Local graffiti artist is making a name for himself

Where on earth is Daniel Anguilu?

Courtesy photo

Jovan Abernathy is an international marathoner and owner of Houston Tourism Gym. To claim your free tour, contact her at info@tourismgymhtx.com

As owner of Houston Tourism Gym, I get the privilege of experiencing the best of Houston. I have literally made it my business to learn as much as I can about this city. When I find that a certain feature of Houston is amazing and noteworthy, I love being able to follow the breadcrumb trail until I have a good story to tell.

In 2016, I finally got the balls to start researching this city. I knew that I would need to spend a lot of time creating my walking routes and learning everything along the way. As I took to the streets, I really enjoyed all of the mural art and street art we have. Especially in neighborhoods that are going through transition, the mural art is priceless. I think it is the first clue as to who we are as Houstonians.

Lately, I've been obsessed with a certain artist. His name is Daniel Anguilu. I have been following his breadcrumbs across this city for two years. One day, I knew I would meet him. I first saw his work in EADO. I was driving on Harrisburg Blvd. when I saw this masterpiece all along the Metro Rail:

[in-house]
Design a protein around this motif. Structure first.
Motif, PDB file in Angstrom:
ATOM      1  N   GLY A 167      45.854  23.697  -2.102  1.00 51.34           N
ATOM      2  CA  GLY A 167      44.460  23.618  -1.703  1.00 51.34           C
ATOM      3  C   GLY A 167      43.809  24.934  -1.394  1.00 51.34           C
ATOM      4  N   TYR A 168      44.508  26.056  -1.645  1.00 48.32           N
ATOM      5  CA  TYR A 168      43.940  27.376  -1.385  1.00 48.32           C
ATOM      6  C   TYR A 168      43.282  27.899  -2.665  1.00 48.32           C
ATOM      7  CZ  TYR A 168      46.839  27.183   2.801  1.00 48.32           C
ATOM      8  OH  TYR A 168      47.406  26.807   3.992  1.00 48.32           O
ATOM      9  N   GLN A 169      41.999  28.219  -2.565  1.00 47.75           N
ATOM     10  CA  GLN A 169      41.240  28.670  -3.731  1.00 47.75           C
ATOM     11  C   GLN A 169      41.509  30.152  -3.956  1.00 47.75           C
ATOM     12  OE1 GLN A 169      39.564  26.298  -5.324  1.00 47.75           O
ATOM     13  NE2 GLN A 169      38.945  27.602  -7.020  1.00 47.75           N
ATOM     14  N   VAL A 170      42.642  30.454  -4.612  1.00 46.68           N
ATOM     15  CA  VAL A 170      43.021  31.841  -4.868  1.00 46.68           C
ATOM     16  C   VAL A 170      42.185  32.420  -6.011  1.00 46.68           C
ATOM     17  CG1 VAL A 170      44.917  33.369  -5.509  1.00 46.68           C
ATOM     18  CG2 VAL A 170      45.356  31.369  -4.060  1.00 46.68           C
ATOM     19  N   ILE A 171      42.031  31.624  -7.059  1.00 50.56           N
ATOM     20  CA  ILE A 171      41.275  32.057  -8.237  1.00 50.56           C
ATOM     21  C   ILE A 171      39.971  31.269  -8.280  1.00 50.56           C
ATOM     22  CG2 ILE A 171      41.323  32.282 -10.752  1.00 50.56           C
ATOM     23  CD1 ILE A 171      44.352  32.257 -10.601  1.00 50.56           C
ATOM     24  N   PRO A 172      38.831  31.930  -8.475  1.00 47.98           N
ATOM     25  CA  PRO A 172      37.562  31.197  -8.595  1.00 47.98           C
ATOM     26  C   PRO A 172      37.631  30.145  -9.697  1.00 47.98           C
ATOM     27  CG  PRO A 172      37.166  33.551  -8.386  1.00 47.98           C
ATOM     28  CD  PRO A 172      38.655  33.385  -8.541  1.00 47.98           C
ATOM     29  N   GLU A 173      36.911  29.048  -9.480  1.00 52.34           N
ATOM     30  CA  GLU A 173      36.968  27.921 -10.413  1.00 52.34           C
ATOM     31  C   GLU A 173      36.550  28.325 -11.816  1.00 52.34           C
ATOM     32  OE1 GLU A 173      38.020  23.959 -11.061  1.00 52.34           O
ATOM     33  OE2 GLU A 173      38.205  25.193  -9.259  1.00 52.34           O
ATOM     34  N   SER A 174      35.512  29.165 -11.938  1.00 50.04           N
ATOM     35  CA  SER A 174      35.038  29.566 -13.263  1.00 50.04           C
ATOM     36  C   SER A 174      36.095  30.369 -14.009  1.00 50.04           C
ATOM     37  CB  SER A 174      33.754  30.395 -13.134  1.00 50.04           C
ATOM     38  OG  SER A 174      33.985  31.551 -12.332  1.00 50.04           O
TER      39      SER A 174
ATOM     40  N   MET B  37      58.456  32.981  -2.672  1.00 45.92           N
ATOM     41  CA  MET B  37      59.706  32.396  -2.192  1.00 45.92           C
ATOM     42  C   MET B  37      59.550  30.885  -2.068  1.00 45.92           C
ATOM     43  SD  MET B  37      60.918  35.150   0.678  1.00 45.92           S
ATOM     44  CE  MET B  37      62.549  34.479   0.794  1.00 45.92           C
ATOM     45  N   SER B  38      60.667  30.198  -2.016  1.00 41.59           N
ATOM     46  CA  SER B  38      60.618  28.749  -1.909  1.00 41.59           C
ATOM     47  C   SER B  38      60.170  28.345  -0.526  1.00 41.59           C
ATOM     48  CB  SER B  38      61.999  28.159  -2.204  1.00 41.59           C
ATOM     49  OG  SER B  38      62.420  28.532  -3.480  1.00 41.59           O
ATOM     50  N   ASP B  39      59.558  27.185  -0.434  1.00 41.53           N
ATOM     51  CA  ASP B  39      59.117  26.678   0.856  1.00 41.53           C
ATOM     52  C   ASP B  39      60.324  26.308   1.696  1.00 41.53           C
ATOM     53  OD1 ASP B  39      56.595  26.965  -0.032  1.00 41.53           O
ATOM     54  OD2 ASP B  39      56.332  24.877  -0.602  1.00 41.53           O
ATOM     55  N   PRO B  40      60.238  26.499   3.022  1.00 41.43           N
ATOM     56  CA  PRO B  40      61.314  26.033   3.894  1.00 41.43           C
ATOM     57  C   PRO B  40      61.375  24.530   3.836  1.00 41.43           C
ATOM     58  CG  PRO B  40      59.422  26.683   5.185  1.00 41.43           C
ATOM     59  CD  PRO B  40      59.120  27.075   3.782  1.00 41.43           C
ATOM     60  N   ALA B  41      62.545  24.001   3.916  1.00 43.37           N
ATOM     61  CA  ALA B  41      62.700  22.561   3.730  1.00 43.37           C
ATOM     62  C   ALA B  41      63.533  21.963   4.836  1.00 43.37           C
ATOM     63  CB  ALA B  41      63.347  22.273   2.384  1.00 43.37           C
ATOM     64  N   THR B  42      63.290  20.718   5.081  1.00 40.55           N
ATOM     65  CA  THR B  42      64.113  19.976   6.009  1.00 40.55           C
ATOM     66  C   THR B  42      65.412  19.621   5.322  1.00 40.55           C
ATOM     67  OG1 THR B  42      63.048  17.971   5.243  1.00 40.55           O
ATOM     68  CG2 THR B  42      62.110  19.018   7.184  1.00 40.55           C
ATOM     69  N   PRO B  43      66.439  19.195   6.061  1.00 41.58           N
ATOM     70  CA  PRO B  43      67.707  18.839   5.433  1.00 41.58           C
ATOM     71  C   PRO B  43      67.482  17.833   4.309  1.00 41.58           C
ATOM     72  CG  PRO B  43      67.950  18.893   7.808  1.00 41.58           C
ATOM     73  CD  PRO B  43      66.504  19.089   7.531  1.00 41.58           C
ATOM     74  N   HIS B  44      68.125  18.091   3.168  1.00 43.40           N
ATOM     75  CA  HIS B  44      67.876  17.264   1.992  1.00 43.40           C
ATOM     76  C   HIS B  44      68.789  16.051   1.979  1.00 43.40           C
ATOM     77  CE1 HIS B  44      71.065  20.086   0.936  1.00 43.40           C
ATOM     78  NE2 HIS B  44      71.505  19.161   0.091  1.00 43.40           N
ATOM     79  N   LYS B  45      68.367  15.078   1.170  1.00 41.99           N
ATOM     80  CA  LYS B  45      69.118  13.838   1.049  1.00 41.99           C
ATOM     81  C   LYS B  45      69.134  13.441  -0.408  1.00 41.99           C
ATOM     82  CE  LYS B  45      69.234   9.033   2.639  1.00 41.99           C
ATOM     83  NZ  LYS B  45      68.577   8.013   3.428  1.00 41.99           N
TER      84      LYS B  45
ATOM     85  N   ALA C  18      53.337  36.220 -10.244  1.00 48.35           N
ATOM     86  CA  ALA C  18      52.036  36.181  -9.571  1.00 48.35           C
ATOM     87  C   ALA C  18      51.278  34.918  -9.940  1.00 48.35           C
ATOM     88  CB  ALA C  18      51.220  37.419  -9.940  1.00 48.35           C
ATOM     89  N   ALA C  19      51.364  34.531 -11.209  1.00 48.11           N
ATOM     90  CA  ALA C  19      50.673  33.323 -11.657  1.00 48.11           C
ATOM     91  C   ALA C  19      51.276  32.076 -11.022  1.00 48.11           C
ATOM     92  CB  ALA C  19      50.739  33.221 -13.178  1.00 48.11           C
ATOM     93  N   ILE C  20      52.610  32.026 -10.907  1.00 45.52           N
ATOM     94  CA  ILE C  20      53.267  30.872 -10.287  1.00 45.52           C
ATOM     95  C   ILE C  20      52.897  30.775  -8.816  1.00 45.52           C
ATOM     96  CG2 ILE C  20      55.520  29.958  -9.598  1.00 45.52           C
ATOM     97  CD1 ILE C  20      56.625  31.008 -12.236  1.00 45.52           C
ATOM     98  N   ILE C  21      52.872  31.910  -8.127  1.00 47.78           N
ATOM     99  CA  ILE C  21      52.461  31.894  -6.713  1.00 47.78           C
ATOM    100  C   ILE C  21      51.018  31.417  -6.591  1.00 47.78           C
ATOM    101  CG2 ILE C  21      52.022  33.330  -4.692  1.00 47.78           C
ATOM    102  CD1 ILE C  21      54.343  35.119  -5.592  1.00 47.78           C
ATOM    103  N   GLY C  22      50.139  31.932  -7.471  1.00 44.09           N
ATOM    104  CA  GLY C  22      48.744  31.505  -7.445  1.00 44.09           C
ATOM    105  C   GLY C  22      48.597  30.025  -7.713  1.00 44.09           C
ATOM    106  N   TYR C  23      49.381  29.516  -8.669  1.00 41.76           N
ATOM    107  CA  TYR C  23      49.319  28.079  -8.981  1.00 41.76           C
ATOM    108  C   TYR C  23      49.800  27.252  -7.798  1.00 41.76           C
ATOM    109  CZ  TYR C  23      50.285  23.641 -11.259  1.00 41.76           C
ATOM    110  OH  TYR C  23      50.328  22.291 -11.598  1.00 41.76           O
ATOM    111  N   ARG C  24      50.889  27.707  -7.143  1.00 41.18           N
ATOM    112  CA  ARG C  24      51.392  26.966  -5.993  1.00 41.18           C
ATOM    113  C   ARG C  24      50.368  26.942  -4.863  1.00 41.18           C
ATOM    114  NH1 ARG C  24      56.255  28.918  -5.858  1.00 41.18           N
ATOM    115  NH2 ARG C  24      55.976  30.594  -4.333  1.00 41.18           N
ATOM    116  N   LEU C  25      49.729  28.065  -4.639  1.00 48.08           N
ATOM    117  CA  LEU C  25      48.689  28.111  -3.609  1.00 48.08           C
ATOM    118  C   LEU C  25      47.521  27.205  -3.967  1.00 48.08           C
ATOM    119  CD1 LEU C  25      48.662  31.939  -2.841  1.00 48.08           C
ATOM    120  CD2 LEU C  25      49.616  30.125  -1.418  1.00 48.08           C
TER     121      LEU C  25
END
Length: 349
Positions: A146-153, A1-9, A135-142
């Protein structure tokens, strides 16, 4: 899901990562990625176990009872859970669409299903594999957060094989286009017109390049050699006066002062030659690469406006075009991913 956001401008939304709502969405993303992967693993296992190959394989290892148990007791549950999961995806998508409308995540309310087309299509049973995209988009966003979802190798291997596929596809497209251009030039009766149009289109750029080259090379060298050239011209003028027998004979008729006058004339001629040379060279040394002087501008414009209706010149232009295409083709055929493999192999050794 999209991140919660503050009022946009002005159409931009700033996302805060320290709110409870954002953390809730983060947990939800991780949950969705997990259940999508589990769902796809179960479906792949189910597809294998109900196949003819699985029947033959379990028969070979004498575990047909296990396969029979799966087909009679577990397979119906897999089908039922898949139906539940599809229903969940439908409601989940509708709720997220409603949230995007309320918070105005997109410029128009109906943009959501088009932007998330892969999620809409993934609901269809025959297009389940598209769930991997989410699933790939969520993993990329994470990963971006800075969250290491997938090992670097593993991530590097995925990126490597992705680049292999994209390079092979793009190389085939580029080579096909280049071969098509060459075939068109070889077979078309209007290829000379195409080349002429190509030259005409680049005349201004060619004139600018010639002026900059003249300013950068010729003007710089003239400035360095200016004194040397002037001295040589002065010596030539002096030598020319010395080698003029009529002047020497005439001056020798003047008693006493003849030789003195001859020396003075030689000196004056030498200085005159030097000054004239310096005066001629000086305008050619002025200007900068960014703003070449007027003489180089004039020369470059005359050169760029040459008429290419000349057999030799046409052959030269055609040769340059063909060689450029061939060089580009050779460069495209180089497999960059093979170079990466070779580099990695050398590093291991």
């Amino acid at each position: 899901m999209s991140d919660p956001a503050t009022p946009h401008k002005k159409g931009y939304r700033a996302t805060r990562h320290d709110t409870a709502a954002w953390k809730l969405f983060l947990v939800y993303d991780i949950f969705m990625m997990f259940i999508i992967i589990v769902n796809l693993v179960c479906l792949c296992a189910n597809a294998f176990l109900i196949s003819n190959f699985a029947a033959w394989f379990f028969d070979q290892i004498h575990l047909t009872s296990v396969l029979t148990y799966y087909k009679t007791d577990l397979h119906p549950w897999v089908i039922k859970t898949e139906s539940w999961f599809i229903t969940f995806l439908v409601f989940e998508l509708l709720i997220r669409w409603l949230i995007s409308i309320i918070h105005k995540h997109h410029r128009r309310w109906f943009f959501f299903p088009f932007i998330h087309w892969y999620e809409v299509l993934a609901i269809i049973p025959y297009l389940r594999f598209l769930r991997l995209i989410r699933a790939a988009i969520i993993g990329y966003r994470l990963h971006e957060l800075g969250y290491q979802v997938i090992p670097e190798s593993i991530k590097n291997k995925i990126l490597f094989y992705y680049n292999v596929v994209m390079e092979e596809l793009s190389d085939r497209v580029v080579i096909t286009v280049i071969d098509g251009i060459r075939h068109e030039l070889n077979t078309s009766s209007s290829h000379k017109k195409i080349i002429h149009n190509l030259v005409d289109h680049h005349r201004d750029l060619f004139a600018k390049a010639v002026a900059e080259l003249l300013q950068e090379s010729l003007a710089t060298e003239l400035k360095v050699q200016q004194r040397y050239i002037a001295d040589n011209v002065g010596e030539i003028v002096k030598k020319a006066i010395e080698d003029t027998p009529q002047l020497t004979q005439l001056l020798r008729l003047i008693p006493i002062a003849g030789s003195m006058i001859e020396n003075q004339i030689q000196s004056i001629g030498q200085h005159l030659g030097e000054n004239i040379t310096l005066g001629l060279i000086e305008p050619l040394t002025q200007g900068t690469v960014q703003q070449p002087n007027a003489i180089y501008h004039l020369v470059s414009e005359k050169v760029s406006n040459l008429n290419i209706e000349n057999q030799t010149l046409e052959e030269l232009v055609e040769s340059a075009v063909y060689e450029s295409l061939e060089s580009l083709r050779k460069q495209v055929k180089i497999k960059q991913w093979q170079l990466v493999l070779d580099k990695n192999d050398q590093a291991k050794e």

I got out of my car to get a better look. I took note of the colors outlined in black. Then I looked closer, I could see chapel spires and eyes. After another look, birds and fish. Another day, I was walking in Third Ward on Fannin St. I happened upon this small apartment complex.

It was truly one of a kind. This complex was covered in mural art. Getting a closer look, I could see the same colors with the black outline. This one has an elephant in it. It was Daniel Anguilu.


Some time later, I was at Silver Street Studios talking to my friend Verny Sanchez, the Venezuelan artist of emotional language. (You can see one of his murals across from 8th Wonder Brewery. It's the one with two guys that have rainbows for heads). He began to tell me about HAM or Harrisburg Art Museum in EADO that is being maintained by his friend, Daniel Anguilu. Another breadcrumb.


The next day, I go to HAM. HAM is a once abandoned, metal warehouse. Now it houses urban art from artists all over the world. I recognize some of Verny's art in the hanger. The front of the building is a row of murals from different artists. Along the back, different artists have collaborated to spell Houston, Texas using their different styles to fill the letters. I go to the furthest point of view behind HAM. Man, that would make a great panoramic for my social media header.

Walking the property, you can tell that it accommodates artists with varying levels of talent. It is never a boring moment. I have been back many times. On a number of occasions, I've happened on rap videos being filmed. Sometimes, it looks like a scene from the Fast and the Furious. Photos being taken of scantily clad girls on sports cars.